On Monday I wrote about the 12 Thoughtless Things People Say When Someone Dies. Of course we want to know the right thing to say when someone dies, but what can sound like the right thing to us does not at all sound like the right thing to the person who is grieving the death of a loved one.
When we choose our words for how they are heard, we can bring comfort to those grieving a death.
Here is a quick check list to help you judge whether the words you’re about to say are likely to bring comfort, or only more sorrow. Continue reading
Somewhere in our upbringing many of us were taught to not talk about death, and when death happens, to not talk about our feelings of loss.
Chances are good that by the time the memorial service ends, the family and closest friends will have heard several thoughtless comments that people say when someone dies.
As a logical consequence, when someone dies, we have no idea what to say. So in a well-meaning but ignorant effort to provide comfort, or out of our own discomfort with silence or with the emotional pain of the loss, we open our mouth and insert our foot.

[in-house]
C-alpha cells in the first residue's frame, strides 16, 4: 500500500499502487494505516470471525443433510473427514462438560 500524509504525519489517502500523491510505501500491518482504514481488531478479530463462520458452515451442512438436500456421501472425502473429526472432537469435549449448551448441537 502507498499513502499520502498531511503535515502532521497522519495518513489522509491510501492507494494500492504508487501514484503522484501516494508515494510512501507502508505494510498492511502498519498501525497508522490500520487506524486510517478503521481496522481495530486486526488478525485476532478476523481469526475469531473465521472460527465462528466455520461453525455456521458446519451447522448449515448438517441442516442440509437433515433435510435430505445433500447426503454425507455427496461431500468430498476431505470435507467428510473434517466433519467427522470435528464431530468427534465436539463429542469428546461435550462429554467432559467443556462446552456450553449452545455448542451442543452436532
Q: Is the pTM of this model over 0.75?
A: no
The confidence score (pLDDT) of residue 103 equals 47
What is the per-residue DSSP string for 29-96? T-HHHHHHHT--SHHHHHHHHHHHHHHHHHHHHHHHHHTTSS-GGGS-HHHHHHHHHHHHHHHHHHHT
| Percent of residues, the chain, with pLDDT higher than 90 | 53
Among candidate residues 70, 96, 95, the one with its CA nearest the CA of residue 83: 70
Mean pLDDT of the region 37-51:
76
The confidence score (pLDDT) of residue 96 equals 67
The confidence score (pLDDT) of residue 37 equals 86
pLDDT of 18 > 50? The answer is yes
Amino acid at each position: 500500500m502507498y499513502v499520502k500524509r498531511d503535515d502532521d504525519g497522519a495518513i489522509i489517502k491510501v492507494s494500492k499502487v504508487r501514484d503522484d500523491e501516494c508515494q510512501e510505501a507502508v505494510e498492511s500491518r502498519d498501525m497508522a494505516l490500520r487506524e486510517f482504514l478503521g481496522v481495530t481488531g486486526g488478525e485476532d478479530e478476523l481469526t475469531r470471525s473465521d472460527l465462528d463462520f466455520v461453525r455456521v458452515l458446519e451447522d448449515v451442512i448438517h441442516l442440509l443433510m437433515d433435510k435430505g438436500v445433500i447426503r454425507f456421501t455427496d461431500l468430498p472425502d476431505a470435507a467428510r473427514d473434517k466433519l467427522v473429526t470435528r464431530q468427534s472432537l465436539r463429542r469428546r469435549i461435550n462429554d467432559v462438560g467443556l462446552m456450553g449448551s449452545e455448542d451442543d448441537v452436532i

Sadly, ignorance is endlessly creative, and so there are far more than a dozen ways to be thoughtless with our words and inflict pain instead of bringing comfort and consolation. I picked these 12 things to not say when someone dies because I think they are the most likely ones we mistakenly believe are actually helpful. Continue reading
I lost an old acquaintance a few weeks ago to cancer. Her’s was a short journey from diagnosis to death, not three month. Given no reason to hope for recovery, she faced her death with courage.
When we have no more hope, we must call upon courage to do what we must do.
We face many times in our lives when we must abandon our hope for a different outcome and instead call upon our courage to see us through. Courage, you may remember, is not the absence of fear, but rather the willingness to move forward in spite of it.
Diagnosis of a fatal illness is one of those times. So is a chronic condition without treatment options. Divorce, permanent disability, loss of limb and death of a loved one all require courage. Continue reading